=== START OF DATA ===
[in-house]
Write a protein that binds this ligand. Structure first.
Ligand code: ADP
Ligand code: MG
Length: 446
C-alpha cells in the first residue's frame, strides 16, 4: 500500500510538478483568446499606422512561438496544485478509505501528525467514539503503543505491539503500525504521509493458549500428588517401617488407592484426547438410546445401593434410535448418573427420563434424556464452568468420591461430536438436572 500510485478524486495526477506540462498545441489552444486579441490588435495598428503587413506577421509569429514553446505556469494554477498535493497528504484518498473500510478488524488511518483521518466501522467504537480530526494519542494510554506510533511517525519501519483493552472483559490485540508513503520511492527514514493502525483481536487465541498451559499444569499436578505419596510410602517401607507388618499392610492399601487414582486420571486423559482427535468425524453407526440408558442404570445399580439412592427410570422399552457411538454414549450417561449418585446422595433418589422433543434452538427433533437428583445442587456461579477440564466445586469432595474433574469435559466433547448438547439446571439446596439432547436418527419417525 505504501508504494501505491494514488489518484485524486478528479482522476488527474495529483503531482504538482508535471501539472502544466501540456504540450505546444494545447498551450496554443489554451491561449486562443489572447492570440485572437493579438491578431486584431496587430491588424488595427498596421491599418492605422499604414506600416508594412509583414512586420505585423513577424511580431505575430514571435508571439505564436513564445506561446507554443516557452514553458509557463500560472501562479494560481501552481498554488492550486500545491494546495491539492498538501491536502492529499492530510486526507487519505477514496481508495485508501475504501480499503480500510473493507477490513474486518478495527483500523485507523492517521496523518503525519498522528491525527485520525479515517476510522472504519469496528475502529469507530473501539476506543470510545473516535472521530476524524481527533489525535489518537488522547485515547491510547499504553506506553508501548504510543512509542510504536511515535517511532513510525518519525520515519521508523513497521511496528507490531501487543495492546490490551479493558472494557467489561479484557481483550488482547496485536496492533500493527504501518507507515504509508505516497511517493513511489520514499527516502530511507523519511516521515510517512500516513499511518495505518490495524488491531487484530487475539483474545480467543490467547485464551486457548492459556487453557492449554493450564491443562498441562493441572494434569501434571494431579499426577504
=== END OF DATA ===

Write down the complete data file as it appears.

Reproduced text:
[in-house]
Write a protein that binds this ligand. Structure first.
Ligand code: ADP
Ligand code: MG
Length: 446
C-alpha cells in the first residue's frame, strides 16, 4: 500500500510538478483568446499606422512561438496544485478509505501528525467514539503503543505491539503500525504521509493458549500428588517401617488407592484426547438410546445401593434410535448418573427420563434424556464452568468420591461430536438436572 500510485478524486495526477506540462498545441489552444486579441490588435495598428503587413506577421509569429514553446505556469494554477498535493497528504484518498473500510478488524488511518483521518466501522467504537480530526494519542494510554506510533511517525519501519483493552472483559490485540508513503520511492527514514493502525483481536487465541498451559499444569499436578505419596510410602517401607507388618499392610492399601487414582486420571486423559482427535468425524453407526440408558442404570445399580439412592427410570422399552457411538454414549450417561449418585446422595433418589422433543434452538427433533437428583445442587456461579477440564466445586469432595474433574469435559466433547448438547439446571439446596439432547436418527419417525 505504501508504494501505491494514488489518484485524486478528479482522476488527474495529483503531482504538482508535471501539472502544466501540456504540450505546444494545447498551450496554443489554451491561449486562443489572447492570440485572437493579438491578431486584431496587430491588424488595427498596421491599418492605422499604414506600416508594412509583414512586420505585423513577424511580431505575430514571435508571439505564436513564445506561446507554443516557452514553458509557463500560472501562479494560481501552481498554488492550486500545491494546495491539492498538501491536502492529499492530510486526507487519505477514496481508495485508501475504501480499503480500510473493507477490513474486518478495527483500523485507523492517521496523518503525519498522528491525527485520525479515517476510522472504519469496528475502529469507530473501539476506543470510545473516535472521530476524524481527533489525535489518537488522547485515547491510547499504553506506553508501548504510543512509542510504536511515535517511532513510525518519525520515519521508523513497521511496528507490531501487543495492546490490551479493558472494557467489561479484557481483550488482547496485536496492533500493527504501518507507515504509508505516497511517493513511489520514499527516502530511507523519511516521515510517512500516513499511518495505518490495524488491531487484530487475539483474545480467543490467547485464551486457548492459556487453557492449554493450564491443562498441562493441572494434569501434571494431579499426577504